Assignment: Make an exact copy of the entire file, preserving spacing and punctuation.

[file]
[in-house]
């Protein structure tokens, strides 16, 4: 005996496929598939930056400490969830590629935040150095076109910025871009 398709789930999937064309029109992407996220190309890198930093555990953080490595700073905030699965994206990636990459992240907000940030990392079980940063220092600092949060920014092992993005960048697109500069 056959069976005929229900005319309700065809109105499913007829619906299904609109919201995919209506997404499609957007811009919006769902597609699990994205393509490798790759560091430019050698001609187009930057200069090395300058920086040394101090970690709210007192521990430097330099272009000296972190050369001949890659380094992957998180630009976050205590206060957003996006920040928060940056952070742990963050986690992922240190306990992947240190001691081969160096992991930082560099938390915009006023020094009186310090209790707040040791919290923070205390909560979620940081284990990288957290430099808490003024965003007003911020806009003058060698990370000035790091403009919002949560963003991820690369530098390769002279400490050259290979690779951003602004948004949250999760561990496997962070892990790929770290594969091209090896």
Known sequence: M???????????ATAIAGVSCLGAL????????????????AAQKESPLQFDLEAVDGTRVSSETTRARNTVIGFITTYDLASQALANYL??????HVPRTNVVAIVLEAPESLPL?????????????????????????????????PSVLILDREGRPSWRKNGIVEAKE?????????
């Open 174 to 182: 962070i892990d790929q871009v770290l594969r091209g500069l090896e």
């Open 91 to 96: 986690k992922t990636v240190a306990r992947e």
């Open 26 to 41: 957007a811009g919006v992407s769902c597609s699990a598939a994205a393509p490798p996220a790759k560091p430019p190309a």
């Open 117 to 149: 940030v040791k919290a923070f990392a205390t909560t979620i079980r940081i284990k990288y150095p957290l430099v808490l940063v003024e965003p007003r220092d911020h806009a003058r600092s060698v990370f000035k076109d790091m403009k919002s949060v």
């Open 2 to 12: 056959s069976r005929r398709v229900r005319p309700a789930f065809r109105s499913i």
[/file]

[in-house]
């Protein structure tokens, strides 16, 4: 005996496929598939930056400490969830590629935040150095076109910025871009 398709789930999937064309029109992407996220190309890198930093555990953080490595700073905030699965994206990636990459992240907000940030990392079980940063220092600092949060920014092992993005960048697109500069 056959069976005929229900005319309700065809109105499913007829619906299904609109919201995919209506997404499609957007811009919006769902597609699990994205393509490798790759560091430019050698001609187009930057200069090395300058920086040394101090970690709210007192521990430097330099272009000296972190050369001949890659380094992957998180630009976050205590206060957003996006920040928060940056952070742990963050986690992922240190306990992947240190001691081969160096992991930082560099938390915009006023020094009186310090209790707040040791919290923070205390909560979620940081284990990288957290430099808490003024965003007003911020806009003058060698990370000035790091403009919002949560963003991820690369530098390769002279400490050259290979690779951003602004948004949250999760561990496997962070892990790929770290594969091209090896």
Known sequence: M???????????ATAIAGVSCLGAL????????????????AAQKESPLQFDLEAVDGTRVSSETTRARNTVIGFITTYDLASQALANYL??????HVPRTNVVAIVLEAPESLPL?????????????????????????????????PSVLILDREGRPSWRKNGIVEAKE?????????
């Open 174 to 182: 962070i892990d790929q871009v770290l594969r091209g500069l090896e």
């Open 91 to 96: 986690k992922t990636v240190a306990r992947e």
């Open 26 to 41: 957007a811009g919006v992407s769902c597609s699990a598939a994205a393509p490798p996220a790759k560091p430019p190309a």
């Open 117 to 149: 940030v040791k919290a923070f990392a205390t909560t979620i079980r940081i284990k990288y150095p957290l430099v808490l940063v003024e965003p007003r220092d911020h806009a003058r600092s060698v990370f000035k076109d790091m403009k919002s949060v």
């Open 2 to 12: 056959s069976r005929r398709v229900r005319p309700a789930f065809r109105s499913i």